Parashat D'varim - By G-d's Word
מרן רה"י הרב שבתי סבתו | ח אב התשעח | 20.07.2018
על פי ה'
By G-d's Word
Vis-à-vis the Nations
Throughout the 120 years of Moshe Rabbeinu’s life, in which he consistently exhibited unparalleled courageous leadership, he never knew fear of a fellow mortal – except for once. As he himself recalls in his parting speech to Israel in the Book of D'varim:
וַיֹּאמֶר ה 'אֵלַי אַל תִּירָא אֹתוֹ כִּי בְיָדְךָ נָתַתִּי אֹתוֹ...
G-d said to me: Do not fear him [King Og of Bashan],
for I have delivered him into your hand... (D’varim 3,2)
It is perhaps surprising that Moshe was in need of extra encouragement in the war against Og, given the Divine command he himself relayed when he charged the nation to war fearlessly for Eretz Yisrael:
וָאֹמַר אֲלֵכֶם לֹא תַעַרְצוּן וְלֹא תִירְאוּן מֵהֶם.
ה' אֱ־לֹהֵיכֶם הַהֹלֵךְ לִפְנֵיכֶם הוּא יִלָּחֵם לָכֶם...
I told you at the time, do not be broken or fear them;
Hashem your G-d Who walks before you,
He will fight for you... (1,29-30)
What happened in the war with Og that caused Moshe to fear? Let us review the entire story.
As we begin the last of the Five Books of the Torah, Bnei Yisrael are poised to enter the Land of Israel, and Moshe Rabbeinu is beginning his parting speech. He recounts how they journeyed through the desert, and how they encountered several nations blocking their way on the eastern side of the Jordan River. The nations were Edom, Moav, and Amon, as well as the two Emorite kingdoms of Sichon and Og.
Moshe tells of the detailed instructions G-d gave him regarding how Israel should approach each of these nations. These instructions, and the precisely accurate manner in which they were carried out, are recounted both here in the beginning of D’varim, and in Parashat Chukat in Bamidbar. A comparison of the two accounts will give us a complete picture of all that took place.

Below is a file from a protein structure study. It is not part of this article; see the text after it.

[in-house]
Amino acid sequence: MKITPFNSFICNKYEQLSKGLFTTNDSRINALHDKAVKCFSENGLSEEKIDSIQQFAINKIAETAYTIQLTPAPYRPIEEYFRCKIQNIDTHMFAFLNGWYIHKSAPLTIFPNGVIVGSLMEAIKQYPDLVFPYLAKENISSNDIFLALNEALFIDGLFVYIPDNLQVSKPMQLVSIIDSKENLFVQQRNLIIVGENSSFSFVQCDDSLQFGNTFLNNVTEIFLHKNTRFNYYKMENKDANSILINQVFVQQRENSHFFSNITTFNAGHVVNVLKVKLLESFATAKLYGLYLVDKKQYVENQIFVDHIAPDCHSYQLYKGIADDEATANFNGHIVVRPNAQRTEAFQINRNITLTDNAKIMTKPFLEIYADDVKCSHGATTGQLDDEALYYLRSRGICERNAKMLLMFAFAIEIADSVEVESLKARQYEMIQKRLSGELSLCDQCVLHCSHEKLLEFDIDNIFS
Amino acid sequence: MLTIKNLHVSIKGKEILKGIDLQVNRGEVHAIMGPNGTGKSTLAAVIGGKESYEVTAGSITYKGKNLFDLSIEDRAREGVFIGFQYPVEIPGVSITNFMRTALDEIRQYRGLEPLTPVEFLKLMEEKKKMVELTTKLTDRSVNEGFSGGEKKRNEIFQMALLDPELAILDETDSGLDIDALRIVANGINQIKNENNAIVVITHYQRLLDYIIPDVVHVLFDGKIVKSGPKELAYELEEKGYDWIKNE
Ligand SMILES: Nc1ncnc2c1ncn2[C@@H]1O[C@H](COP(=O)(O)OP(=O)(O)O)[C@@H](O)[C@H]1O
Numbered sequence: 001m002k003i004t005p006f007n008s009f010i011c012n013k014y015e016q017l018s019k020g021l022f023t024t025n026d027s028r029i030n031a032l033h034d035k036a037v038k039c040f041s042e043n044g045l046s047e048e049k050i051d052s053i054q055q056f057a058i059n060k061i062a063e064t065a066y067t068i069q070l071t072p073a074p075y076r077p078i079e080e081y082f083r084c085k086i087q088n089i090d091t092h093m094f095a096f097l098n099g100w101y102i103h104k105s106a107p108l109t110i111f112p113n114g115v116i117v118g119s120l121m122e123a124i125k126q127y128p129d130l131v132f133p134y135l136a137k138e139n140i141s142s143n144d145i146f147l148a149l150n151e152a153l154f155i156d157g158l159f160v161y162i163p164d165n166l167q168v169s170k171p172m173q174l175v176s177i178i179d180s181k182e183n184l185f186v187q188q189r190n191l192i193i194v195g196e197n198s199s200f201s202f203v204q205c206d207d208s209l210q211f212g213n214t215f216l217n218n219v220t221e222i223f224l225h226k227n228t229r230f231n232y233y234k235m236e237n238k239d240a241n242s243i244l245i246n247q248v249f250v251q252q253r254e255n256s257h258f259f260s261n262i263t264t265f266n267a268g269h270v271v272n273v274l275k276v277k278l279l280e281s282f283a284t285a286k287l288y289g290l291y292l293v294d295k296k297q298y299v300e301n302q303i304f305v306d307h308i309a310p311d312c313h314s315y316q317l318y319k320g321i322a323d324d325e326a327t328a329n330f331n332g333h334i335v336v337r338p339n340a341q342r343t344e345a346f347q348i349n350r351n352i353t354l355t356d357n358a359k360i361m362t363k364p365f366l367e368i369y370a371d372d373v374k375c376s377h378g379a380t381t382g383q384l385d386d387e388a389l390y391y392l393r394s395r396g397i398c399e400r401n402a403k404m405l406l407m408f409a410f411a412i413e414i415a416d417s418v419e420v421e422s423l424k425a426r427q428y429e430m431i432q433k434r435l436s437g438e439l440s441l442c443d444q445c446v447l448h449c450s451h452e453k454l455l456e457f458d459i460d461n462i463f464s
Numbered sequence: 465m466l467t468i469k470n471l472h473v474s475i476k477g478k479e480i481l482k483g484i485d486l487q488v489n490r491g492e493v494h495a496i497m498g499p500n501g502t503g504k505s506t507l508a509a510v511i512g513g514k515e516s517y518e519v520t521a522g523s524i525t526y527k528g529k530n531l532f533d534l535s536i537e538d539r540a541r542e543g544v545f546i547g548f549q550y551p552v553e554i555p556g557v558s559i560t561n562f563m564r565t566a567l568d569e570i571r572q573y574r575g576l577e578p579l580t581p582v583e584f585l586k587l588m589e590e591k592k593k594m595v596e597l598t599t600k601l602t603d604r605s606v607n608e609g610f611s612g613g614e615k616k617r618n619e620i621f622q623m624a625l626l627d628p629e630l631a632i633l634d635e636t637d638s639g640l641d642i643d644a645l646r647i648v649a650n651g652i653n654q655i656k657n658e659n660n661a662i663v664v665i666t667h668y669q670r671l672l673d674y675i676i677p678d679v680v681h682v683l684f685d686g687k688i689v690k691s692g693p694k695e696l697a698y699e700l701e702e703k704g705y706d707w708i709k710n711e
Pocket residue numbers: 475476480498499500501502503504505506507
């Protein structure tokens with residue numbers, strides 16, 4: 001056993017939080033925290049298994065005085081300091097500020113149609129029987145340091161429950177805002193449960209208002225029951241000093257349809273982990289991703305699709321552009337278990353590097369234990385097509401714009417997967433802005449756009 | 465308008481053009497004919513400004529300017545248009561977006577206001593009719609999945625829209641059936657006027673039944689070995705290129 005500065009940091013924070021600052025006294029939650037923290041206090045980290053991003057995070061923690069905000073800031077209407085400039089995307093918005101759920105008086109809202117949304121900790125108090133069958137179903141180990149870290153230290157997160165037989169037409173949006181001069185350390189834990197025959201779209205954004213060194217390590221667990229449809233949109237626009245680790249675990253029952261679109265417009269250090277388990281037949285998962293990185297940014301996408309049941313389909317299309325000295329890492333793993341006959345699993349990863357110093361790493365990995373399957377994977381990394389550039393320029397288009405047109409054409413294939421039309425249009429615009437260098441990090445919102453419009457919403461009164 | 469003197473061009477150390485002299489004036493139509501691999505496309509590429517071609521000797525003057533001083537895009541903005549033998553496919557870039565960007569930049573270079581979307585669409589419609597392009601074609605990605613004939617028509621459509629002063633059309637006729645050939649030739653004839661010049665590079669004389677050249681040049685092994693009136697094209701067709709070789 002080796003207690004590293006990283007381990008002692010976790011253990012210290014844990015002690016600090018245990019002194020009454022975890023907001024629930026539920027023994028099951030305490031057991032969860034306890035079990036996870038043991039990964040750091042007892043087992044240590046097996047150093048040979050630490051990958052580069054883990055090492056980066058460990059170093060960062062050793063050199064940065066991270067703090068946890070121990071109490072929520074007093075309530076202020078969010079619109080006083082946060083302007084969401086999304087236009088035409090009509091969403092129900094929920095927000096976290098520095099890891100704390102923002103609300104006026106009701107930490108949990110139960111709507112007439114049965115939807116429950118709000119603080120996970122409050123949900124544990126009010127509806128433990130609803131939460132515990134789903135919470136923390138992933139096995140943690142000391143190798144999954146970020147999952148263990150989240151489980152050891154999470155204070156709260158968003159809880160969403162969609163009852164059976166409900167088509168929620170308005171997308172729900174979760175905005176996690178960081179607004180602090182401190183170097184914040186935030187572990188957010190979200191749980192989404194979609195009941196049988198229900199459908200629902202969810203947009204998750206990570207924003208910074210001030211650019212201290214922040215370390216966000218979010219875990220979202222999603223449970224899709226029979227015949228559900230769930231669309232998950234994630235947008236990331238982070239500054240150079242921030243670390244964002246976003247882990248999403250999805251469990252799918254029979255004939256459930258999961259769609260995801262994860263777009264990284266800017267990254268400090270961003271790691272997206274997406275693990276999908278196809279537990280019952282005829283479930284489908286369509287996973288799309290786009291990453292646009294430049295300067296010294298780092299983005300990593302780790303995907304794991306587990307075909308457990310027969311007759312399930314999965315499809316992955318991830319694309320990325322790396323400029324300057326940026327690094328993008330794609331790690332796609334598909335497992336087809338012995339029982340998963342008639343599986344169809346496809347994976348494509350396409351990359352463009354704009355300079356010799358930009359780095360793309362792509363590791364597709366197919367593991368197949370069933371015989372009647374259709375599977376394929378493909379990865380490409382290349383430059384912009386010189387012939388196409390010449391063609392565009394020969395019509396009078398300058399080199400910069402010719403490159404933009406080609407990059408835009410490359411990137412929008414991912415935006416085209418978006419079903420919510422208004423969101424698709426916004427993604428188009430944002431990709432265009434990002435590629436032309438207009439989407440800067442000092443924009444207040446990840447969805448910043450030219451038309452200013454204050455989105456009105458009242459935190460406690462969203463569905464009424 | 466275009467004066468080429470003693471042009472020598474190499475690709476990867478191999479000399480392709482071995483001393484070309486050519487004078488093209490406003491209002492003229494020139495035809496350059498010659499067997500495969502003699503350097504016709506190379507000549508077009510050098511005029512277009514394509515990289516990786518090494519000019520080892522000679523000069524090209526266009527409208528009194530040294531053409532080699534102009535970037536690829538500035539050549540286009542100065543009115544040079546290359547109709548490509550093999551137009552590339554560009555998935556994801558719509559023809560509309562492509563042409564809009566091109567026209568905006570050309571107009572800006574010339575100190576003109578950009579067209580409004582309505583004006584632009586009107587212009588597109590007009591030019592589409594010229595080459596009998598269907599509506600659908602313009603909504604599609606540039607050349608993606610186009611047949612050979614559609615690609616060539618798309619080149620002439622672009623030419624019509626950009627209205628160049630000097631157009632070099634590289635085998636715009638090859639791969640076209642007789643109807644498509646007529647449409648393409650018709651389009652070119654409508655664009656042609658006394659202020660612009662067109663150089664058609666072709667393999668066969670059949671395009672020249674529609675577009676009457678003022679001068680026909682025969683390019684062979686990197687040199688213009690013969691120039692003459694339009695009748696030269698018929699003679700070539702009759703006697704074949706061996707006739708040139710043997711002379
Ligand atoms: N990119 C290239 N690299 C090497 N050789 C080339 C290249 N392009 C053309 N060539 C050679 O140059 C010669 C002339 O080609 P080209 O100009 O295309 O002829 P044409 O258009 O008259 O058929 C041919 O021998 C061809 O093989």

Let us begin with Edom. Hashem issued a stern warning to Israel not to provoke the Edomites, the descendants of Yaakov Avinu’s brother Esav, and certainly not to start a war against them. G-d declares openly that Mount Se’ir was given as an exclusive inheritance to Esav, and Israel should not expect to be allowed to pass through:
אַתֶּם עֹבְרִים בִּגְבוּל אֲחֵיכֶם בְּנֵי עֵשָׂו הַיֹּשְׁבִים בְּשֵׂעִיר...
אַל תִּתְגָּרוּ בָם כִּי לֹא אֶתֵּן לָכֶם מֵאַרְצָם...
יְרֻשָּׁה לְעֵשָׂו נָתַתִּי אֶת הַר שֵׂעִיר.
“You are passing the borders of your brothers, the sons of Esav,
who dwell in Se’ir... Do not provoke them,
for I will give you no part of their land;
for I have given Mt. Se’ir to Esav as an inheritance.” (2,4-5)
G-d added another order, concerning the finances of the journey:
אֹכֶל תִּשְׁבְּרוּ מֵאִתָּם בַּכֶּסֶף וַאֲכַלְתֶּם, וְגַם מַיִם תִּכְרוּ מֵאִתָּם בַּכֶּסֶף וּשְׁתִיתֶם.
“Food you will procure from them for money and you will eat;
and water, too, you shall dig from them for money
and you will drink.” (verse 6)
In D’varim, Moshe recounts G-d’s instructions, while in Bamidbar, we read how these instructions were faithfully carried out:
וַיִּשְׁלַח מֹשֶׁה מַלְאָכִים מִקָּדֵשׁ אֶל מֶלֶךְ אֱדוֹם...
Moshe sent emissaries from Kadesh to the King of Edom, saying:
נַעְבְּרָה נָּא בְאַרְצֶךָ, לֹא נַעֲבֹר בְּשָׂדֶה וּבְכֶרֶם וְלֹא נִשְׁתֶּה מֵי בְאֵר,
דֶּרֶךְ הַמֶּלֶךְ נֵלֵךְ לֹא נִטֶּה יָמִין וּשְׂמֹאול עַד אֲשֶׁר נַעֲבֹר גְּבוּלֶךָ.
“... Let us, please, pass through your land,
but not through fields or vineyards, nor will we drink water from [your] wells... We will not stray right or left,
until we pass your border.” (Bamidbar 20,14-17)
Edom refuses the request, leading Moshe to sweeten the offer, in accordance with Hashem’s instructions:
בַּמְסִלָּה נַעֲלֶה. וְאִם מֵימֶיךָ נִשְׁתֶּה אֲנִי וּמִקְנַי וְנָתַתִּי מִכְרָם,
רַק אֵין דָּבָר בְּרַגְלַי אֶעֱבֹרָה.
“We will remain on the cleared path,
and if we or our livestock drink from your water,
we will pay its price. There will be no harm,
we only want to pass through on foot.” (verse 19)
But the Edomites continue to firmly refuse, and Israel is forced to detour around them. Israel then encounters two more nations: Moav and Amon. Once again, Hashem warns against provoking them in any way, as Moshe tells Israel:
וַיֹּאמֶר ה' אֵלַי אַל תָּצַר אֶת מוֹאָב
וְאַל תִּתְגָּר בָּם מִלְחָמָה כִּי לֹא אֶתֵּן לְךָ מֵאַרְצוֹ יְרֻשָּׁה ...